Salem, Mass., gets most of the rap for the witch trials of 1692, a hysteria in which locals accused each other of using black magic, triggering slapdash court cases and torturous executions for folks “convicted” of witchcraft.
After the emotions of the time died down a bit, judges and jurors who helped condemn their neighbors to death over circumstantial/imaginary evidence apologized. (If only Hallmark had a card for that: “Sorry I wrongfully found your wife guilty of brewing magical potions, and then ordered her crushed to death by stones. Here’s a picture of a monkey in a party hat.”)
But the territory that is today Maine wasn’t completely detached from the hysteria, and a new novel by a Portland native and University of Maine Law alumnus supposedly brings that crazy environment back to life in Maine’s largest city.
Set in contemporary times, Kieran Shields’ first book “The Truth of All Things” follows newly appointed Deputy Marshal Archie Lean as he investigates a prostitute’s murder and uncovers what a news release calls “a series of ritualized killings that are reminiscent of the Salem witch trials.”
Shields is giving a talk about his book at the University of Southern Maine Portland Bookstore at 7 p.m. on March 28. The event is free and open to the public, and copies of the book will be on sale at the site afterward.
In full disclosure, I haven’t read Shields’ novel, so I can’t say what ties the Portland killings therein have with the historic witch trials — is there a cult trying to revive the idea of a supernatural court system of sorts, or did the murderers simply prefer hanging, drowning and stoning as their primary methods — but associating Maine with the Salem trials is not an unbelievable leap.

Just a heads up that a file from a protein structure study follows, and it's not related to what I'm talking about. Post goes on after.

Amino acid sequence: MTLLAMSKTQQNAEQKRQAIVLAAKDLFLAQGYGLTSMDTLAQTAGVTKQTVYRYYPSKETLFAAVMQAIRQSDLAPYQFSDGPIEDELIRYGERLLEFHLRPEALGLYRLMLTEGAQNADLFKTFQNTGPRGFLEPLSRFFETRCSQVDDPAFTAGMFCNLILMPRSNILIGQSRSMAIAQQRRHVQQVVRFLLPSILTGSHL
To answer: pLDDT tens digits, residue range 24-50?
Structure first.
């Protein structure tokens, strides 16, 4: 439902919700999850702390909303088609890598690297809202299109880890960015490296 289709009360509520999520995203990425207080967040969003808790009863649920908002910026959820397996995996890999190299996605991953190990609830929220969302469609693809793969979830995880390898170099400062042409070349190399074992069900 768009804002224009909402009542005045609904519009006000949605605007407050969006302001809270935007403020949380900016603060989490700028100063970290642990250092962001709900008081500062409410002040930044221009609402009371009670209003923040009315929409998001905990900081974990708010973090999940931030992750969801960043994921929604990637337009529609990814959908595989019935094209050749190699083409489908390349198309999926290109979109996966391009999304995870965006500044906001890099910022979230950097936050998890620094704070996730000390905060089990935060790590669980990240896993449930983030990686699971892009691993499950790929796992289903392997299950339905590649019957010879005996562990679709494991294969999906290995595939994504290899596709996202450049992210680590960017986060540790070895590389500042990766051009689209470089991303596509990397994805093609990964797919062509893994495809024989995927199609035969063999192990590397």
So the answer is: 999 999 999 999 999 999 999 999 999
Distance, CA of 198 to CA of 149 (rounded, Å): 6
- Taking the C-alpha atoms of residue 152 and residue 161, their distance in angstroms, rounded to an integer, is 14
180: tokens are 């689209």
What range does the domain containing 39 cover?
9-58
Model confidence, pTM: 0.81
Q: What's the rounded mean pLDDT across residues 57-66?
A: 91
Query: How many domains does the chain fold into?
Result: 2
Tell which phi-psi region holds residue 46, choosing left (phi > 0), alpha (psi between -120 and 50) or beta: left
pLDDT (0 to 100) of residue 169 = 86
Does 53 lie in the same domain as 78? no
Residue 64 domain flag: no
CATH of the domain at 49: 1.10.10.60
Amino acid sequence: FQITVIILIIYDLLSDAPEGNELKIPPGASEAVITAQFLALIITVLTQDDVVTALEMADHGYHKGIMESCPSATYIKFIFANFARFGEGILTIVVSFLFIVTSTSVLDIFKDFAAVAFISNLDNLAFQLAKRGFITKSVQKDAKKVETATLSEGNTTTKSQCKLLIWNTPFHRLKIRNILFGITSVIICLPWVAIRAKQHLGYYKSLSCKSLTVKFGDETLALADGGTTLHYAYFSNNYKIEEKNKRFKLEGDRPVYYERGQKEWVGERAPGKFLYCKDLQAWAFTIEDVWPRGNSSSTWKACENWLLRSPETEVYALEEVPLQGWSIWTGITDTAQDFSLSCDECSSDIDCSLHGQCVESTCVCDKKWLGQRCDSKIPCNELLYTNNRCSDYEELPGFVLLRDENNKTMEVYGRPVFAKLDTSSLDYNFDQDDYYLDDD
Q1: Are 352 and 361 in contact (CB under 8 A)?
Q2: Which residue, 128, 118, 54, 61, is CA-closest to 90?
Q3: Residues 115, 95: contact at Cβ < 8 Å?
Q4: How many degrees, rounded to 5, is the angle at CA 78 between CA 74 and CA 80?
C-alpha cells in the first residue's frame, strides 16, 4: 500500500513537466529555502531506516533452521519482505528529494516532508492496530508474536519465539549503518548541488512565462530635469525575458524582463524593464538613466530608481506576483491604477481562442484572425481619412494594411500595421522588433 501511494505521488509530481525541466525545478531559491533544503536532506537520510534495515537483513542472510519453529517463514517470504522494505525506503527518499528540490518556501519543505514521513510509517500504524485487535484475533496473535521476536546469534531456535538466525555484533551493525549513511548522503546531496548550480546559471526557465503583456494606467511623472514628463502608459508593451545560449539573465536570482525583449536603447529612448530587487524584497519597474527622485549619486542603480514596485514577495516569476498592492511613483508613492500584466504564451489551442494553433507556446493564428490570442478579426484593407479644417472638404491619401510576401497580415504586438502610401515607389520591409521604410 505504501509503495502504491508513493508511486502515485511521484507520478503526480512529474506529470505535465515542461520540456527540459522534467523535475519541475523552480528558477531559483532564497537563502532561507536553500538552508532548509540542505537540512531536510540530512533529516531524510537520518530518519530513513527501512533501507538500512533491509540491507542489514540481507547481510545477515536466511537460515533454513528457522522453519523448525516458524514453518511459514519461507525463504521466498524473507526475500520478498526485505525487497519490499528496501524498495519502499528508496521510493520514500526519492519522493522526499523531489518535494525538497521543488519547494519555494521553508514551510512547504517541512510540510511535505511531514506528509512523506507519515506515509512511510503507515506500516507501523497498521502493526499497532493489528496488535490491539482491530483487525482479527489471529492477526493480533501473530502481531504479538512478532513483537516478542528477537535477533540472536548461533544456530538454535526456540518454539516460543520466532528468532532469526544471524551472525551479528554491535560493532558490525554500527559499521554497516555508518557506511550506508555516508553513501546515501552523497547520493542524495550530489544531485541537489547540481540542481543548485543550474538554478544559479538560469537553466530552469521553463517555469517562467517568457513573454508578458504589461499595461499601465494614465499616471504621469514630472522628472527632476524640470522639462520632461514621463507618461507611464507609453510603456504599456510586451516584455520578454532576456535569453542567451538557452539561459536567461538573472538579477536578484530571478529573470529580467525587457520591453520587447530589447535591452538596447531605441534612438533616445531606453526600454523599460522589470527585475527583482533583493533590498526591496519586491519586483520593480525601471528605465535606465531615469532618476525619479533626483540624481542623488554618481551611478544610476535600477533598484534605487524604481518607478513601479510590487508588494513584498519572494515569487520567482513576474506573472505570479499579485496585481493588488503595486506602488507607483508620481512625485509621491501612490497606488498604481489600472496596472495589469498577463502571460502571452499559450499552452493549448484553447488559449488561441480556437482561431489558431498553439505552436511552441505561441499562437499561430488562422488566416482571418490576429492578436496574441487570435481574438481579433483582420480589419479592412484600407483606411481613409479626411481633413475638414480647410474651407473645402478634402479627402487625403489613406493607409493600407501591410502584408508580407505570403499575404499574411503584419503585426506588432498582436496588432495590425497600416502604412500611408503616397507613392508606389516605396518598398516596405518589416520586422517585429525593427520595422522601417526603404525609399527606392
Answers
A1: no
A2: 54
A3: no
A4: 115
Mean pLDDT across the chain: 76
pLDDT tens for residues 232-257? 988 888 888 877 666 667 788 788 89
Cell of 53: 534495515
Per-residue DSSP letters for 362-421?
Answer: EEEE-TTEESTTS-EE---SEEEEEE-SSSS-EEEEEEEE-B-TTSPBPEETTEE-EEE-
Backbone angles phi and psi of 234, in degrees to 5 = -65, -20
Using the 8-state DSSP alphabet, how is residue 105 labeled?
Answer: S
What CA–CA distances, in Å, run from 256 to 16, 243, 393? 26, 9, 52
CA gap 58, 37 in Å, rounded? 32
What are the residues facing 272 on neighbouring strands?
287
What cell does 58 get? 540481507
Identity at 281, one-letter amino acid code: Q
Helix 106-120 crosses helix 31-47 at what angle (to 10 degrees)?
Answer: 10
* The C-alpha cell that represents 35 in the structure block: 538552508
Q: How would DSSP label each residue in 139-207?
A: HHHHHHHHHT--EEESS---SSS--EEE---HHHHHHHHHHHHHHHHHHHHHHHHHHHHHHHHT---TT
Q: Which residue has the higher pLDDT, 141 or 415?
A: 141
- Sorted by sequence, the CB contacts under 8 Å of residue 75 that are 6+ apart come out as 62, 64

Renowned historian, author and college professor Mary Beth Norton wrote in her 2002 nonfiction “In the Devil’s Snare” about the more regional triggers for the 1692 witch hunts associated with Salem. According to a 2007 story in the Knoxville (Tenn.) News Sentinel reposted online by our blogger friends at Strange Maine, Norton broadened her scope of research into the time period and she came to the conclusion the prevailing culture of fear found on the Maine fringes (where regular unannounced conflicts with Indians had everybody a bit jumpy) followed the Mainers in their migration back to more urban centers.
Here’s what Norton told the News Sentinel:
I realized that so many of the people whose names I was familiar with from the trial records were actually from Maine. They were playing out conflicts that had started, in many cases, from years earlier on the Maine frontier. … I don’t think the northern wars caused the witchcraft crisis, but the crisis would not have occurred if the wars had been averted. Because the wars created the climate of fear that allowed the expansion of the crisis beyond those first accusations.
Norton said the heightened tension of living in danger of attacks by “mysterious” enemies — who seemed to appear and disappear at will on the edges of European penetration into the New World — created a community atmosphere of irrational overreaction to perceived threats, and in a sense acceptance of the concept of a mythical bad guy. That cauldron of emotions helped brew the now famous witch hunts of Salem when the frontiersmen came out of the woods, she argued.